The Review Class

I don't do review classes.

Why not? Because reviewing is an individualized process. It's not really something that can be done in a classroom for a hundred or more students simultaneously.

Think of it this way. You might have trouble understanding a certain concept. Does everyone in the class have similar difficulty? If so, then a review might be warranted. But how do I know what students don't understand? I don't.

OK, I actually do--but to a very limited extent. If I get email from someone asking me to explain a concept again, I'll know that that person didn't get it the first time. But I almost never get questions on the exact same concepts from different students. If I did, I'd realize there were problems connecting the teaching to the learning. (That's probably my fault, in that case.)

Still, if I try to review a concept that, say, 50% of the class doesn't get, it might be beneficial. But the rest of the class--who got it already--are sitting there, yawning, chatting, texting, sleeping, kissing, etc., because they're bored out their minds. This isn't a great use of class time.

From my point of view, I've taught the material already. I've tried to do my best job to make it understandable--despite the complexity of some of the things I cover. If I just go over everything again...well, if no one understood it the first time, how are they going to understand it if I go over the exact same things again? Again, it's not worth the time.

Now, I'm not pessimistic about things. I have some hope that classroom response systems ("clickers") can help. Students bring these gadgets to class, and answer questions that the instructor puts into his or her PowerPoints. This is a great way of assessing learning because it's so immediate. I can present a concept, and right after, test to see if anyone is getting it. There are downsides, too: the clickers are an extra cost for students, and it's a real pain to come up with great testing questions.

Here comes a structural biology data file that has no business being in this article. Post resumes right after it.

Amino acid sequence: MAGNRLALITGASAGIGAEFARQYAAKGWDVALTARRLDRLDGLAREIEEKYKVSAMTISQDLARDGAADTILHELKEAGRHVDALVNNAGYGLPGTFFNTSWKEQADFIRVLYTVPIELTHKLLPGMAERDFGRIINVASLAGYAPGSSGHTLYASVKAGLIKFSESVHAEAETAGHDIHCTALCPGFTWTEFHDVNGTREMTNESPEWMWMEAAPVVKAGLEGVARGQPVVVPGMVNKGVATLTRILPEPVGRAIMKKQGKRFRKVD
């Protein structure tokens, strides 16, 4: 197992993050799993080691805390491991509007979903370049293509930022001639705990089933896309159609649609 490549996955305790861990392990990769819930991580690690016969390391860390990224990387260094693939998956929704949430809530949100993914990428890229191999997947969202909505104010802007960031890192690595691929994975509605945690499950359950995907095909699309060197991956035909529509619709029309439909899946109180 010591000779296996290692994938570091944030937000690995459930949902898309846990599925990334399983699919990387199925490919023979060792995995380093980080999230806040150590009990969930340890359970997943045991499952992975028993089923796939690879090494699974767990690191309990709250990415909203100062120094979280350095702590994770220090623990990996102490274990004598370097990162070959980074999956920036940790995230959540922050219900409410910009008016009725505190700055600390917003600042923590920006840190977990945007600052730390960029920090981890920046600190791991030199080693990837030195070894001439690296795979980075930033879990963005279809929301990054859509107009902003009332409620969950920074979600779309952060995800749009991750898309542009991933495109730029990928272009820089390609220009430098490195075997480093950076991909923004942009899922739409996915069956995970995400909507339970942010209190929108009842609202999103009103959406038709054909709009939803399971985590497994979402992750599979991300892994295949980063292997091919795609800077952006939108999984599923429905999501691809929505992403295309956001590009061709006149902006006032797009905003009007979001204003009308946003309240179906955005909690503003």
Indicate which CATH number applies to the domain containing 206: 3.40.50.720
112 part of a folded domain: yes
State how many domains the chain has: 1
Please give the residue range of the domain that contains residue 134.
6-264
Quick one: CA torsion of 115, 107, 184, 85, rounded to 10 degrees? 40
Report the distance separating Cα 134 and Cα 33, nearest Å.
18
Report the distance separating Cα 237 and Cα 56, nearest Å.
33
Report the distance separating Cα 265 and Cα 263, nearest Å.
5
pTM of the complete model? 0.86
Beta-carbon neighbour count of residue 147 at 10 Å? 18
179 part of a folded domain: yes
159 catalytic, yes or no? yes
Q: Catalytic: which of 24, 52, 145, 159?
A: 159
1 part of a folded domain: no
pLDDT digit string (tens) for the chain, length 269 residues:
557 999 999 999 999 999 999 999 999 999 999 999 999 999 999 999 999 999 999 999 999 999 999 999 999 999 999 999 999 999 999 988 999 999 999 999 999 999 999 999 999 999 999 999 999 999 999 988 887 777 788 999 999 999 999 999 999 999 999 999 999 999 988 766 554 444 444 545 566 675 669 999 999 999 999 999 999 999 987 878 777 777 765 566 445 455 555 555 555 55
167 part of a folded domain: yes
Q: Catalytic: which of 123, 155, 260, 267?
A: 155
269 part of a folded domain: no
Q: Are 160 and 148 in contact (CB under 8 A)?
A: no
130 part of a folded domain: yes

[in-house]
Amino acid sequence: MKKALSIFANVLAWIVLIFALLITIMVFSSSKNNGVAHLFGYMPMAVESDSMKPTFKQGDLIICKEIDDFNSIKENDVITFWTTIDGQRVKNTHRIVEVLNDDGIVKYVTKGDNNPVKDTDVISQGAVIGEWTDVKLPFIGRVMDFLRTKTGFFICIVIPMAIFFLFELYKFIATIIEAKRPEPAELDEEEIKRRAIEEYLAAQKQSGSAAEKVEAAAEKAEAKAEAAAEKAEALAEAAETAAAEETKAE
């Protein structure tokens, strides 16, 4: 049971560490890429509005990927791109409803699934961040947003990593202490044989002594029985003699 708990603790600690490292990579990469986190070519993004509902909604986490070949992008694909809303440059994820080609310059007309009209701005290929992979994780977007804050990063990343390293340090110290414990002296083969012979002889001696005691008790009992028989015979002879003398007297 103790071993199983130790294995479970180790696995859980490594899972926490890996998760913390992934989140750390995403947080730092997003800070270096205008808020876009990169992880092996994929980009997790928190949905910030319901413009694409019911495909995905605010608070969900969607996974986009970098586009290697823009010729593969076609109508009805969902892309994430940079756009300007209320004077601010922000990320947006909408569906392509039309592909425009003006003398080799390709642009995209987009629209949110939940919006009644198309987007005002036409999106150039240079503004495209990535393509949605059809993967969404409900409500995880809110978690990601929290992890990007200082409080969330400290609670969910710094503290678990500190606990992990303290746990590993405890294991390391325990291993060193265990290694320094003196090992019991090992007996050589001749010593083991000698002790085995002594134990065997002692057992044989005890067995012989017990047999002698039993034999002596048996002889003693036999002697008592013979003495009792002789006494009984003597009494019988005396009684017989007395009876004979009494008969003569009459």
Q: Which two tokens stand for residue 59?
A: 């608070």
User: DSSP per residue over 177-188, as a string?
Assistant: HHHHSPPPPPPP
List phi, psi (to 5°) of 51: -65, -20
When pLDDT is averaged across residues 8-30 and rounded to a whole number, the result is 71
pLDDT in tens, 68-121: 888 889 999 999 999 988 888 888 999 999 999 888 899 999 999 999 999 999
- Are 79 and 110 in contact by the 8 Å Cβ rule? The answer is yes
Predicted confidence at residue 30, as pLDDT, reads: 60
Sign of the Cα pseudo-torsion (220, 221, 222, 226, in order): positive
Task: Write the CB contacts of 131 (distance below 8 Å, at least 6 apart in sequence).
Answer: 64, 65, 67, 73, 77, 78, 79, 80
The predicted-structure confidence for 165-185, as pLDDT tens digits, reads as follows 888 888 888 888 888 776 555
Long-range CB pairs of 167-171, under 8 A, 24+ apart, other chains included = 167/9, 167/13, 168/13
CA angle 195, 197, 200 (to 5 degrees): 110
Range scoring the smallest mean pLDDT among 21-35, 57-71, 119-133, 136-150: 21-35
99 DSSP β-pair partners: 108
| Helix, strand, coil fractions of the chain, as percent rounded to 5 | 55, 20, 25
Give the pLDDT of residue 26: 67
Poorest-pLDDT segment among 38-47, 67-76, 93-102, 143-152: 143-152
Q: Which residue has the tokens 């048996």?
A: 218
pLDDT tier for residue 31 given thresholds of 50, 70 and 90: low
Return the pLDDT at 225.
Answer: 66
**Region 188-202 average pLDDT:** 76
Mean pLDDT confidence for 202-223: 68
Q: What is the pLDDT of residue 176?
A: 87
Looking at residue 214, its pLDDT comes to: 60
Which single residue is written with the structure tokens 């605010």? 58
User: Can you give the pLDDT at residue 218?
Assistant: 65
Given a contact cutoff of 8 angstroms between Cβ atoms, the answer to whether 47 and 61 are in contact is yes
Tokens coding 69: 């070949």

I've done a research study on clickers, which found that students like them (when they're free). So there's still some work to be done. Maybe if more classes used clickers, I'd be more willing to use them in my classes. Answer in the comments: How many of your courses currently use clickers?

But back to the topic of reviews. If I as an instructor don't do review classes, what are students to do? Easy answer: do your own review. You should know the concepts you're having trouble understanding. Then what? Ask me for help, or ask the teaching assistant. That's what we're here for. This actually takes more of my time, because I'll be meeting students outside of class time, or answering email. But you'll end up with a greater understanding and probably a better grade.

Why aren't you studying?

10 comments:

Anonymous said...
on

None of my classes currenlty use the clickers for mainly the same reason: the cost. I also agree that it would be a waste to have to buy a clicker for just one class. I think that the clickers will become a lot more resonable when more classes start using them. I also agree with not holding a review class because in my experience I am the one yawning through the whole review class. Review classes only become practical in classes of 40 or less students.

Anonymous said...
on

none of my classes use clickers, and actually i'd never heard of them until now. they sound like a really good idea though, to make sure you understand the material as it's being gone over... i agree with no review classes, too. i find that answering the questions in the text and the questions at the beginning of the lecture notes seems to do a pretty good job for my understanding.

Anonymous said...
on

i have a friend who uses a clicker in his physics class, i don't think it's that much of a difference maker. However, I think the fill-in-the-blank notes would be more effective if the blanks were posted online. I never skip psych class and never plan on doing so however when i am writing intermittent words it feels i don't absorb the information as it comes as naturally as if i were just reading from the screen/watching a video that uses application of what we are learning. Maybe that's just me.

Anonymous said...
on